Australian tech giant Atlassian has introduced a new performance review system which will see employee bonuses directly tied to how they express company values.
These values include “Open company, no bulls**t”, “Build with heart and balance”, and “Don’t f**k the customer”.
Related story: “Bulls**t”: Atlassian CEO calls out PM's “fair dinkum power”
The goal is to build a performance review system fit for the modern workforce, and which rewards workers not just for high performance, but for exhibiting the behaviours that fuel high performance, Atlassian head of global talent Bek Chee told Yahoo Finance.
It’s about eliminating the “brilliant jerk”, she said. Someone can be excelling in the office, but not delivering any value or lifting up colleagues and their team.
Atlassian hopes the new system will help workers live their company values in a more holistic way.
How does it work?
Peer feedback and manager observations will feed the review, with workers observed on how they approach challenges and setbacks at work.
For example, under the “Open company no bulls**t” metric, workers are examined on whether they intentionally withhold information or complain behind the scenes without addressing it head on. And under that same metric, workers are considered to be “doing the right thing” if they communicate transparently and take accountability for their own mistakes.
Workers will also be measured on how they look after themselves, with workers’ ability to “find the point of diminishing returns” and not “chase perfection” valued over workers working with urgency to the point of burn-out.
And as for the “Don’t f**k the customer” metric,” the company values workers’ decisions to anticipate customer needs and listen to feedback more than decisions displaying a “what’s in it for me” mentality.
“Within values, we see this as a very binary thing,” Chee said. “You're either living the values… the majority of the time and other people can observe the behaviors, or not.
“We don't think it's a high proportion of our organisation, but it's certainly something we want to be accounted for.”
The value-based review will make up two-thirds of workers’ overall performance reviews, and after a year of testing and tweaking, bonuses will now be tied to how well workers exhibit the positive behaviours.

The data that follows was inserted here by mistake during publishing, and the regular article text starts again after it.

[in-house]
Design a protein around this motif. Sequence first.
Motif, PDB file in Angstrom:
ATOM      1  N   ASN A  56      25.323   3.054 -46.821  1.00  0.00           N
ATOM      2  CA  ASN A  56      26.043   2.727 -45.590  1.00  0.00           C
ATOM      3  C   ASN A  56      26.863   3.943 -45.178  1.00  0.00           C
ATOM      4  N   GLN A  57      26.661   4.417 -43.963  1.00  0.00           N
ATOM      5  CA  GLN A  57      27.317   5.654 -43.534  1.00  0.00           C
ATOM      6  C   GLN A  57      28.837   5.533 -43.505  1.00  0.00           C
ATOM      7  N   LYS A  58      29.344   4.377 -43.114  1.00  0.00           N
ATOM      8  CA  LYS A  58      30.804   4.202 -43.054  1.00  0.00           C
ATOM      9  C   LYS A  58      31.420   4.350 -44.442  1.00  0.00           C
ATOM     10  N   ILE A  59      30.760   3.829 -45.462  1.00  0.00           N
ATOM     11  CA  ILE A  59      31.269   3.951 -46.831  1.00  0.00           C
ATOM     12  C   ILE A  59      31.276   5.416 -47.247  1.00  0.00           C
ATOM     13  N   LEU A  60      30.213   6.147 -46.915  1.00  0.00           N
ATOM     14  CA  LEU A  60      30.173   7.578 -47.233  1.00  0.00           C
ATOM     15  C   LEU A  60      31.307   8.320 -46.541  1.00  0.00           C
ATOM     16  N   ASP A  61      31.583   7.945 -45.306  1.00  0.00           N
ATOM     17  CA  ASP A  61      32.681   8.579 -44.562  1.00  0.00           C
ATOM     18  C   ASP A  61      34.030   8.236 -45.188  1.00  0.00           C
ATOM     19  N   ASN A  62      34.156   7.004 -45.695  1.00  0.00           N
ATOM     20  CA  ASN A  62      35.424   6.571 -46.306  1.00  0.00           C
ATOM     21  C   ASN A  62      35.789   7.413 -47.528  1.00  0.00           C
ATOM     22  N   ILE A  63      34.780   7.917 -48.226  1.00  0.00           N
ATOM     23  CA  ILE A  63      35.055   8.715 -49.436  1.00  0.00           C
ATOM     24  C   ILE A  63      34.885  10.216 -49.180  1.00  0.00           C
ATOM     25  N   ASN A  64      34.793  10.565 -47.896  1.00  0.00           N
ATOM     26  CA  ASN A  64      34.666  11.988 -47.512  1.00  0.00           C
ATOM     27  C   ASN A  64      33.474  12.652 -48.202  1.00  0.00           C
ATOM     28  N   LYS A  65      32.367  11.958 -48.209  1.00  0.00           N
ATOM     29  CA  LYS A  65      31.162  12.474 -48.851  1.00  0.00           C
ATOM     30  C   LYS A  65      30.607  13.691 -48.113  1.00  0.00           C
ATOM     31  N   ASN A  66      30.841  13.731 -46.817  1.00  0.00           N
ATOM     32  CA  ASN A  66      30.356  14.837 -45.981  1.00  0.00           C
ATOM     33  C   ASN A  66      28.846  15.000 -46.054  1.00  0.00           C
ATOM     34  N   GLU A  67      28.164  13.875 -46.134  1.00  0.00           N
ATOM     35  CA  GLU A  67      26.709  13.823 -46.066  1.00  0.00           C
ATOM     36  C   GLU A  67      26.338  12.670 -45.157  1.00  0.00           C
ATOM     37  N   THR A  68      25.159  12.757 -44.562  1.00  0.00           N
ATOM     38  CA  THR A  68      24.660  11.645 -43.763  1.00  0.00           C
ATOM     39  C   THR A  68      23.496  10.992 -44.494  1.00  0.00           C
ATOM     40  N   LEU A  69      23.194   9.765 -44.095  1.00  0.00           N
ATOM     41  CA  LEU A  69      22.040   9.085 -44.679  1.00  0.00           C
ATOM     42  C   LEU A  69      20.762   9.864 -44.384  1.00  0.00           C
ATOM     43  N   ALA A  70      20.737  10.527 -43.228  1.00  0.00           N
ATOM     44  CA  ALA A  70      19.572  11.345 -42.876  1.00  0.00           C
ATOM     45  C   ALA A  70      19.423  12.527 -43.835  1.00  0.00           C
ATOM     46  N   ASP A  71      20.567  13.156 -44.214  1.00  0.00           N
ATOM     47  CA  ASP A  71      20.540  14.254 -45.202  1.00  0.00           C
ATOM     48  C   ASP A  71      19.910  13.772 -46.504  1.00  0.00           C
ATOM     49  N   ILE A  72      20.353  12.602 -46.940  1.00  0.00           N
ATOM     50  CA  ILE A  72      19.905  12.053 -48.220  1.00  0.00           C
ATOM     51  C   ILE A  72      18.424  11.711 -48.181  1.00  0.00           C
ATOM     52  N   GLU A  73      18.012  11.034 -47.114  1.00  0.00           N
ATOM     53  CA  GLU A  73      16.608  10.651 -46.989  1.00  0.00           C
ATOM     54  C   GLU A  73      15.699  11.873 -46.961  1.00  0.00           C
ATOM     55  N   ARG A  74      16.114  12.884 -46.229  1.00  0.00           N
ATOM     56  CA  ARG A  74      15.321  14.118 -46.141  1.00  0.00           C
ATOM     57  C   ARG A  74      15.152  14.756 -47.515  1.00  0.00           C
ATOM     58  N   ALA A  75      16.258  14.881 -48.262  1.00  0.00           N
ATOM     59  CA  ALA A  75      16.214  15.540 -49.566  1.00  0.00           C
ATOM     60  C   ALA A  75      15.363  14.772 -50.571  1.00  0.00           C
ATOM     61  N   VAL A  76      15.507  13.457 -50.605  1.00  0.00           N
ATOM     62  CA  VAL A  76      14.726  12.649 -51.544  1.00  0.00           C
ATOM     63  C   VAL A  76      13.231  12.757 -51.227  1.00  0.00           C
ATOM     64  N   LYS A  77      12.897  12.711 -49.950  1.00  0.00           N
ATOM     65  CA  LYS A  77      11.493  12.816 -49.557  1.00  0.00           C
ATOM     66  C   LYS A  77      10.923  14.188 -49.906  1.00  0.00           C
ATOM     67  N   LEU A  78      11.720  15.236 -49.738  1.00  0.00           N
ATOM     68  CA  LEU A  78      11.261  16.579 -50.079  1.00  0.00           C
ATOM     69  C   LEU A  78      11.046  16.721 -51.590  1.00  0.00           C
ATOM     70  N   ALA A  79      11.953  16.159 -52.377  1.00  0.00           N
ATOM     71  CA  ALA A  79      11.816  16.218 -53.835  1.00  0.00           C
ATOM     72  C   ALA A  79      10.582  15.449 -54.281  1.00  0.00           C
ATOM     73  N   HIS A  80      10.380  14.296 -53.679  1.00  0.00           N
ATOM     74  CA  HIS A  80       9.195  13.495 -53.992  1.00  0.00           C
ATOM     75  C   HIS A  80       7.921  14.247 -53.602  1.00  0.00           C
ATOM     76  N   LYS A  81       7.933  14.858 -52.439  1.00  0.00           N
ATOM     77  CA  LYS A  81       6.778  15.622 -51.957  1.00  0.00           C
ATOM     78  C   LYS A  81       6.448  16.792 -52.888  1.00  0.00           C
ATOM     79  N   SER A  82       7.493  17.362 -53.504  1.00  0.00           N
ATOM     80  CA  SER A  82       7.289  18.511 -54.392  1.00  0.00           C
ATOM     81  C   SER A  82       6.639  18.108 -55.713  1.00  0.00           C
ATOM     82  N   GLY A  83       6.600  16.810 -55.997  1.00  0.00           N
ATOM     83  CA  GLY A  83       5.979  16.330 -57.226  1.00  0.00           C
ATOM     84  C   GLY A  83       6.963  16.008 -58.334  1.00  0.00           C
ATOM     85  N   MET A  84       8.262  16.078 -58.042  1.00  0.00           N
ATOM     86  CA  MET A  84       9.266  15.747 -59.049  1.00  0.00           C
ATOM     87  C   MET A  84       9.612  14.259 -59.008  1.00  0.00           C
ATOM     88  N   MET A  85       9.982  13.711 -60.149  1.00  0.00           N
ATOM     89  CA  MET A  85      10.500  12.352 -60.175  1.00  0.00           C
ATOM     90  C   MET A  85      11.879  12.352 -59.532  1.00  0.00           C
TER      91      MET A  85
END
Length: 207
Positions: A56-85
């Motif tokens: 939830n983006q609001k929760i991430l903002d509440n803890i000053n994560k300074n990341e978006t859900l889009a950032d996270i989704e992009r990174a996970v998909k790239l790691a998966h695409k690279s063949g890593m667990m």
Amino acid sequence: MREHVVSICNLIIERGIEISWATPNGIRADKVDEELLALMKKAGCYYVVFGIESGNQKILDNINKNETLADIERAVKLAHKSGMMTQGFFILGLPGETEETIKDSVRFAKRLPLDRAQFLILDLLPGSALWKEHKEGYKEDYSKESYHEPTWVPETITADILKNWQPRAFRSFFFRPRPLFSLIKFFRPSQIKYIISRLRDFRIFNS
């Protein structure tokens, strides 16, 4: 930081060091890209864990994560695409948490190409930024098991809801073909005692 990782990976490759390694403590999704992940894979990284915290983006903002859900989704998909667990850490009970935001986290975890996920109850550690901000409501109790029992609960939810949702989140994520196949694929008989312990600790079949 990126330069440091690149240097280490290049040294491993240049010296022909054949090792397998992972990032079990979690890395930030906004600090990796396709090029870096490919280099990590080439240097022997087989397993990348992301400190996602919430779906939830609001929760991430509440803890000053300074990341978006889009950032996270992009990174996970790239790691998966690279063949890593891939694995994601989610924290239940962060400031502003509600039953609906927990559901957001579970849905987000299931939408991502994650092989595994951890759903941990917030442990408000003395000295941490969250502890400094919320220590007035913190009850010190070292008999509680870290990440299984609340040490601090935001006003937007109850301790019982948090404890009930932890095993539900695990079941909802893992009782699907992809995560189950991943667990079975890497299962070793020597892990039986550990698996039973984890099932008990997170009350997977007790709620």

But if you were exhibiting those “brilliant jerk” characteristics, you’ll receive specific feedback on how to improve, Chee added.
“What this enables you to do as a manager, is if you rated someone low on any one of those three categories, you would be able to go back to that person and say, ‘Hey, you actually are an incredible team member and teammate, and you are really living the values in a way that we really honor. But you just haven't quite been able to nail it within your current role.’
“That conversation can lead to a much more specific coaching conversation for that person, than if I just said to you, ‘Hey, you had an off year.’”
It allows managers to be more targeted in how they coach, she said.
“The goal is never to single people out, or to make anyone feel like they're forever banished because they got a specific rating.”
Earlier this year, Atlassian launched a massive remote work plan after finding 95 per cent of staff would be willing to change practices to work remotely.
Under the new plan, teams and individuals are assessed to see who is best-suited to working remotely and in which capacity - part-time, flexible or full-time.
But again, decisions to implement remote work practices come down to both the worker’s health and their team’s wellbeing.
“If you’re gonna move someone to a remote situation or have them be working remote, it doesn’t just affect that person. You really have to make sure the whole team is able to adapt to that,” Chee said at the time.
“We’re all about teams and we’re certainly not going to compromise the quality and health of the team.”
Outside of the workplace, Atlassian is also kicking major goals, bypassing Telstra in worth last week.
In the time since December 2015, Atlassian shares have skyrocketed 450 per cent to US$140.60 - meaning it now has a market value of AU$49 billion, surpassing Telstra’s AU$46 billion.
Founders Mike Cannon-Brookes and Scott Farquhar’s net worth reached more than $10 billion each in March this year after the stock hit a new high.
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